Black History Month Profile
Septimius Severus: African Roman Emperor, legislator and judge
By Professor Joshua Getzler and Professor Mike Macnair, Tutors in Law
Lucius Septimius Severus (145-211), born in Lepcis Magna (currently Al-Khoms, Libya) was Roman emperor from 193, when he was ‘last man standing’ in a short multi-sided civil war, till his death in York in 211.
Though a military man, he clearly took the Emperor’s duties as legislator and judge seriously. His legislation has been characterised as showing a humanitarian disposition. He employed the jurist Ulpian for most of his reign as his secretary a libellis with responsibility for drafting legal advice issued in the name of the emperor in response to citizens’ and officials’ petitions. Ulpian was hostile to slavery (which in Rome had a non-racialist tenor) and advocated in his legal writing that there should be ready legal paths to freedom for any home or foreign slave. Severus himself had a contemporary reputation as a conscientious and careful judge hearing appeals, and another jurist, Paul, published reports of cases heard by Severus.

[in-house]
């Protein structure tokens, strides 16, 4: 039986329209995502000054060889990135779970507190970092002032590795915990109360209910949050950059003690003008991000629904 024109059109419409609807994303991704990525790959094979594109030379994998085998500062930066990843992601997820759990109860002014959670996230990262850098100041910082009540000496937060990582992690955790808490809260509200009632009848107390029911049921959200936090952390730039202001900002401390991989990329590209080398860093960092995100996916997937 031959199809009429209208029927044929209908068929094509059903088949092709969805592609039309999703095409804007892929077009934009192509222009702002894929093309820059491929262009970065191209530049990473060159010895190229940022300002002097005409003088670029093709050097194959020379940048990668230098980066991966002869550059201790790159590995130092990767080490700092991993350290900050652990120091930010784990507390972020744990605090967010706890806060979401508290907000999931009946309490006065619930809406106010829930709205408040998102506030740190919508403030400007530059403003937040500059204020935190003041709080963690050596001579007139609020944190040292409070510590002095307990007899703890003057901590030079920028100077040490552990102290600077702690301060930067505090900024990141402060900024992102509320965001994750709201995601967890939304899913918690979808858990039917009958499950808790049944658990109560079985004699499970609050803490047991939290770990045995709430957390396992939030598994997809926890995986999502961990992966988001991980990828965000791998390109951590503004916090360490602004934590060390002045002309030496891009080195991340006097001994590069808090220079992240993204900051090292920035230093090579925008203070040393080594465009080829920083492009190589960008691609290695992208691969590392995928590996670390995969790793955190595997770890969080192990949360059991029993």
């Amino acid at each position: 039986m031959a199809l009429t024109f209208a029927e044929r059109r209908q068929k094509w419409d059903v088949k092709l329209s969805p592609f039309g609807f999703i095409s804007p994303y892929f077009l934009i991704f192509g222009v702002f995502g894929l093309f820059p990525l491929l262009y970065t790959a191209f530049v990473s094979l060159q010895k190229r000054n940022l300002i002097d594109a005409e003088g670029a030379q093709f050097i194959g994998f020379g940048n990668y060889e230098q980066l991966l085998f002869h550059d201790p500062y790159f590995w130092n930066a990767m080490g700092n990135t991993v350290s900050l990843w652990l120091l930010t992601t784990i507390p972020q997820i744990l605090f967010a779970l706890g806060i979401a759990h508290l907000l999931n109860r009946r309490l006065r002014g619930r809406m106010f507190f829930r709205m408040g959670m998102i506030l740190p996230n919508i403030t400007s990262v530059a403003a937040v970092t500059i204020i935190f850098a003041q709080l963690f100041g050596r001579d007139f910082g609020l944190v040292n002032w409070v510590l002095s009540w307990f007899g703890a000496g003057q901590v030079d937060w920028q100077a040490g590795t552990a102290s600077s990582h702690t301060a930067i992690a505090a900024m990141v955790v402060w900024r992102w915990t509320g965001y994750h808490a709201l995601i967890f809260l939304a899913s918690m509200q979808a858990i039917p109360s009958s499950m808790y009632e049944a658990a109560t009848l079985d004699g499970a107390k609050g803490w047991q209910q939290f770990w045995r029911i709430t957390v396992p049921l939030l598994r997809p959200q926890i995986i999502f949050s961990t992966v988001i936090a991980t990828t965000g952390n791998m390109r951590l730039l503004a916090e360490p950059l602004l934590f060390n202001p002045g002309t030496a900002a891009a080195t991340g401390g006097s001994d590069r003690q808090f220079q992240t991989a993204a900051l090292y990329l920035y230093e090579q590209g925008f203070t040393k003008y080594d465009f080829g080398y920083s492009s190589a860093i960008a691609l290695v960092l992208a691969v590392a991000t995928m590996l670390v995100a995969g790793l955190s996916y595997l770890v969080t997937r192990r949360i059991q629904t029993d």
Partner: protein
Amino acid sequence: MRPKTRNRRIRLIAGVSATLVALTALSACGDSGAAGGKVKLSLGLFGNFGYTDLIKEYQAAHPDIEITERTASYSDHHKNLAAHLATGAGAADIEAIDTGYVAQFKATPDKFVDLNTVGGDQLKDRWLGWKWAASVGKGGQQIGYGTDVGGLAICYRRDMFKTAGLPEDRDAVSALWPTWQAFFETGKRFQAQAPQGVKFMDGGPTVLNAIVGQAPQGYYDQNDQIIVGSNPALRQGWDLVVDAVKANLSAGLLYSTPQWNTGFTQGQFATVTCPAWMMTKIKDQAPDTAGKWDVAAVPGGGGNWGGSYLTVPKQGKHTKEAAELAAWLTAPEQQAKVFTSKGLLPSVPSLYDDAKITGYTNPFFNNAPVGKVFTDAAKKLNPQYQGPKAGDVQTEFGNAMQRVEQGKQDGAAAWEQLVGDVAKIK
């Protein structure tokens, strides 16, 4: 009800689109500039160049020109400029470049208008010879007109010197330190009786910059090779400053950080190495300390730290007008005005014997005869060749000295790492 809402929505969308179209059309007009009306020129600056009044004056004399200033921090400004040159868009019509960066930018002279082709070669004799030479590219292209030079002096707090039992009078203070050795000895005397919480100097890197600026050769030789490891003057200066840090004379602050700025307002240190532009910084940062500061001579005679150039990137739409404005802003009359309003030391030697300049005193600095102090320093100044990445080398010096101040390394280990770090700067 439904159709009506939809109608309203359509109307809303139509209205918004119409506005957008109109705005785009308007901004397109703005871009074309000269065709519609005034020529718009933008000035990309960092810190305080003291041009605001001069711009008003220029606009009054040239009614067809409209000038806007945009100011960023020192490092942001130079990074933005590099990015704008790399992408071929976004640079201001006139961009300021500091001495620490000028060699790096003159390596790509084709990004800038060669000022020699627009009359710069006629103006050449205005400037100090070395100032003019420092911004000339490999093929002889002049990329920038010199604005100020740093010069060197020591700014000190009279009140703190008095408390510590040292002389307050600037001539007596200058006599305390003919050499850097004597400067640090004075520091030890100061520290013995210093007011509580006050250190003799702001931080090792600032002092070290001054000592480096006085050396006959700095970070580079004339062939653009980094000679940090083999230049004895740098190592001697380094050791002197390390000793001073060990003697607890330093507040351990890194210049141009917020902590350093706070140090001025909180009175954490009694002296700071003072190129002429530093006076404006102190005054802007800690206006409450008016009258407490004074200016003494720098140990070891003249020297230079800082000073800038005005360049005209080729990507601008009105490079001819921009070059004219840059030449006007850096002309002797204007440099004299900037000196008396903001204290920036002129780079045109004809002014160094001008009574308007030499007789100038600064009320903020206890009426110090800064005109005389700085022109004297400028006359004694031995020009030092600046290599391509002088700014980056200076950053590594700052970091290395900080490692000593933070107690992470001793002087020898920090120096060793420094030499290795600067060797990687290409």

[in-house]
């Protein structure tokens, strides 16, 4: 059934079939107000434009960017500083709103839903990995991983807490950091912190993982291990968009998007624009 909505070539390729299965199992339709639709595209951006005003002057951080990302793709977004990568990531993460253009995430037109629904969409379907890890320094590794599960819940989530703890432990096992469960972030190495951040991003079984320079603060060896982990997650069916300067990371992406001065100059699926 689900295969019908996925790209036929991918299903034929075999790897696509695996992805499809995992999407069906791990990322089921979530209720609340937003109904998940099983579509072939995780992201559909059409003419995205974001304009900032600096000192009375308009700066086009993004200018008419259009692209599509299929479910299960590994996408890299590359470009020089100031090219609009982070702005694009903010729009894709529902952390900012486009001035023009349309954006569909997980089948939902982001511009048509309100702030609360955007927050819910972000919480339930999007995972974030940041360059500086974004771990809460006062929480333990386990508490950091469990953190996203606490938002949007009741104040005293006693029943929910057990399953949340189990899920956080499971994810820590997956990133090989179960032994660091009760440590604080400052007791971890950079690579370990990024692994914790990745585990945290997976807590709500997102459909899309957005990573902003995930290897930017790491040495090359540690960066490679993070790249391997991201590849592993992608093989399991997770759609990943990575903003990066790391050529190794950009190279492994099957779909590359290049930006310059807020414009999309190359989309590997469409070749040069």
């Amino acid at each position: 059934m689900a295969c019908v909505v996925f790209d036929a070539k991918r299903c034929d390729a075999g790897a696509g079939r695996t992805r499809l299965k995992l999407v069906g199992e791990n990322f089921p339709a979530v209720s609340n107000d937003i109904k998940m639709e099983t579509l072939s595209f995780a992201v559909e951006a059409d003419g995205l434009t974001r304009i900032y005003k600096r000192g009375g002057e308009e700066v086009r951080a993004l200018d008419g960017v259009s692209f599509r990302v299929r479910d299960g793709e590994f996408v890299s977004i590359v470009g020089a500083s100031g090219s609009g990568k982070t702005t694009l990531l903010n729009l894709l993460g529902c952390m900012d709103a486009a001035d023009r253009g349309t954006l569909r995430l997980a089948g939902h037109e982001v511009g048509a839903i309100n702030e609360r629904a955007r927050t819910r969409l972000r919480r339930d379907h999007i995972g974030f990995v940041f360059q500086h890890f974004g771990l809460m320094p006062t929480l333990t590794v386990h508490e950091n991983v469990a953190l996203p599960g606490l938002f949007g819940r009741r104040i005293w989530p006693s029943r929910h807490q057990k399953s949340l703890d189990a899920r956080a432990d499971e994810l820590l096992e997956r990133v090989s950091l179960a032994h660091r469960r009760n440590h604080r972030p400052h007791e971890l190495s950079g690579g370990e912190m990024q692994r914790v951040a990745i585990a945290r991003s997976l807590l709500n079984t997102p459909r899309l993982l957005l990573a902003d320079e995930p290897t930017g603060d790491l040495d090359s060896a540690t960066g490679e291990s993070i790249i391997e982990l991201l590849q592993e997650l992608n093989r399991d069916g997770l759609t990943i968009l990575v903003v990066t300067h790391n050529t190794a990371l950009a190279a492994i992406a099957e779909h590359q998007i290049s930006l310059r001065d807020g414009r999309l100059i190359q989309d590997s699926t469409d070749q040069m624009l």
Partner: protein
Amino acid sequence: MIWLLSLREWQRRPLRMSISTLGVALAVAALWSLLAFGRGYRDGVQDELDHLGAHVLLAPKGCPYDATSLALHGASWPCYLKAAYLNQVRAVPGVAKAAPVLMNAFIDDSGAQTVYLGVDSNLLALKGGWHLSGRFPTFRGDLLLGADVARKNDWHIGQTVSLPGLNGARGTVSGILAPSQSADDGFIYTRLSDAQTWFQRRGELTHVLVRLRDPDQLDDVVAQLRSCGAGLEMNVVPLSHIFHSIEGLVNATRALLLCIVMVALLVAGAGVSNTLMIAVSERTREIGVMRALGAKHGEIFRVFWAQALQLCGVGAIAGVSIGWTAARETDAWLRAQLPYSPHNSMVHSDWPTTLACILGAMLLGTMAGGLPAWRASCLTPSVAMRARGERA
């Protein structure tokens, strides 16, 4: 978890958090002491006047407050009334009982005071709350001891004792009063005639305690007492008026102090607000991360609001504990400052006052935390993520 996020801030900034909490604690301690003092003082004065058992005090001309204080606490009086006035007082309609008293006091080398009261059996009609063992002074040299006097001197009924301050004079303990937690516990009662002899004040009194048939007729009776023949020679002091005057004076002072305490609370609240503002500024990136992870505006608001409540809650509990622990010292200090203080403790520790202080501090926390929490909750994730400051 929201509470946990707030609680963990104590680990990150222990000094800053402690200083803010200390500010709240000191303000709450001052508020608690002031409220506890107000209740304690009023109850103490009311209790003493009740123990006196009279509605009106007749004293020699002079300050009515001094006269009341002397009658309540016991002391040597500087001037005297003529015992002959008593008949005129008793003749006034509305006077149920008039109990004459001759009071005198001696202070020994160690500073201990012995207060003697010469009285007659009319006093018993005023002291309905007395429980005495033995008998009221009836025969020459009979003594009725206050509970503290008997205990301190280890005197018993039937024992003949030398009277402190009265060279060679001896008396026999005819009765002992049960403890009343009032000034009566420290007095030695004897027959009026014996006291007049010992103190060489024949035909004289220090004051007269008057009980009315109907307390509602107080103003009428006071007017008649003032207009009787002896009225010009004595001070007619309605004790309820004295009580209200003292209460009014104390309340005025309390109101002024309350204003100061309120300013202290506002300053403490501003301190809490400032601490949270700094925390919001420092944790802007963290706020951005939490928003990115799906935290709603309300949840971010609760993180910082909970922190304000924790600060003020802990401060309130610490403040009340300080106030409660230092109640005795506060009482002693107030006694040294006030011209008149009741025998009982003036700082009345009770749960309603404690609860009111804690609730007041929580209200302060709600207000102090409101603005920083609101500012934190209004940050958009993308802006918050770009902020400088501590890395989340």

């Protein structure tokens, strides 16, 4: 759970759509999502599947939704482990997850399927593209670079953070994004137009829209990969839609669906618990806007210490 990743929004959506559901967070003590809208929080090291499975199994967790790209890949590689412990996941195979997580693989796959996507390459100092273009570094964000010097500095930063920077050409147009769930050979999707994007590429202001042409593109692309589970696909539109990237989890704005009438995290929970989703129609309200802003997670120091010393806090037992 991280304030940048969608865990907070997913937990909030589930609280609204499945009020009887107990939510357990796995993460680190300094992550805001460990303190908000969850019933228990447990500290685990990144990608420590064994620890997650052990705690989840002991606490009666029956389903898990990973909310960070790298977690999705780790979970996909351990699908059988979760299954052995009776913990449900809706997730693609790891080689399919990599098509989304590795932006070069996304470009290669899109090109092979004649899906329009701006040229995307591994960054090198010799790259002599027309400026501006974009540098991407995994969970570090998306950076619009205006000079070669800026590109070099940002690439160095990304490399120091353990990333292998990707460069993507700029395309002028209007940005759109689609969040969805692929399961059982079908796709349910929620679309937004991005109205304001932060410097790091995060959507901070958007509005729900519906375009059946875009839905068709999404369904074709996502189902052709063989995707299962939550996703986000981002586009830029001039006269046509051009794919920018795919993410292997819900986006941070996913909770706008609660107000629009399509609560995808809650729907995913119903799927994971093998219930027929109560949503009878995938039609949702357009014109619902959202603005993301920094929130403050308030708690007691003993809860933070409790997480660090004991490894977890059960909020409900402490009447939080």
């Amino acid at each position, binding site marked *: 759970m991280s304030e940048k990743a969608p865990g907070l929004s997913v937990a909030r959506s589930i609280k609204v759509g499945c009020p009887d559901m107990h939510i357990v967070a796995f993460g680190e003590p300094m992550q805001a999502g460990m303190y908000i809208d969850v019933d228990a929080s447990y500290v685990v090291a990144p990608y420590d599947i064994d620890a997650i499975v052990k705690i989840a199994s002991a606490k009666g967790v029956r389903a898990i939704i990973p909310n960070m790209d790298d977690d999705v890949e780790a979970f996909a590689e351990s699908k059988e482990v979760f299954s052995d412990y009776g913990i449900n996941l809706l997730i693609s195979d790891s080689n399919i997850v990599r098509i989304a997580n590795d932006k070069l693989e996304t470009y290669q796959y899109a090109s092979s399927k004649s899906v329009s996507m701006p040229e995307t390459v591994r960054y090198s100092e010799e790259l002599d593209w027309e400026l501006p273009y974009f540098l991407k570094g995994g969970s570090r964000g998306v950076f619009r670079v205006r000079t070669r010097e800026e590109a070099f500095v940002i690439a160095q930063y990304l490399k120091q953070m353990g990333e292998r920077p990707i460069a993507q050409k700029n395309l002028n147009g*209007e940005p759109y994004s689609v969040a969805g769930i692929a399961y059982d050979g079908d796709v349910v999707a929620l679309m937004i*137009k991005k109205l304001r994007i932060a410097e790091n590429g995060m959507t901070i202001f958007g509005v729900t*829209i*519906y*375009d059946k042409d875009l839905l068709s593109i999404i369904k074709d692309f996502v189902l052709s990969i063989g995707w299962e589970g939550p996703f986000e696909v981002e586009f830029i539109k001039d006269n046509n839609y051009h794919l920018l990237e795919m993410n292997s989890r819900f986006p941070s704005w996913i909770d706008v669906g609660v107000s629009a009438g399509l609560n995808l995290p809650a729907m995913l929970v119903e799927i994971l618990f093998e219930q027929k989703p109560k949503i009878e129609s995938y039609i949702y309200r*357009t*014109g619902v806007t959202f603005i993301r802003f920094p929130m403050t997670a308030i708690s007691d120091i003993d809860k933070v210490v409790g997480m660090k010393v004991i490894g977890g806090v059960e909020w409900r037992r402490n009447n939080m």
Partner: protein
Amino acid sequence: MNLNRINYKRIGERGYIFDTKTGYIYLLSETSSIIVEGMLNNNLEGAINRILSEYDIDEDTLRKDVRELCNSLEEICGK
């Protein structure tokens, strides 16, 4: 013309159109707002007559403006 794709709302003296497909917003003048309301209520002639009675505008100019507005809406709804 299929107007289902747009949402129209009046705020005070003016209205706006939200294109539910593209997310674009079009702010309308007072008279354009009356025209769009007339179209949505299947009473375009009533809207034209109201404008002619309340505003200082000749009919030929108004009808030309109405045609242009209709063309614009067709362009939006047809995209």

A particular example is Severus’s ruling that the holders of land in the provinces could retain it on the basis of good faith possession for ten years if the formal owner lived in the same city, twenty years if they lived in a different city; this was adopted in a slightly varied form in the later emperor Justinian’s codification (529, 534) and the twenty-year period has influenced medieval and modern law on the topic.
Law students at St Hugh’s encounter Septimius Severus in the first year course A Roman Introduction to Private Law.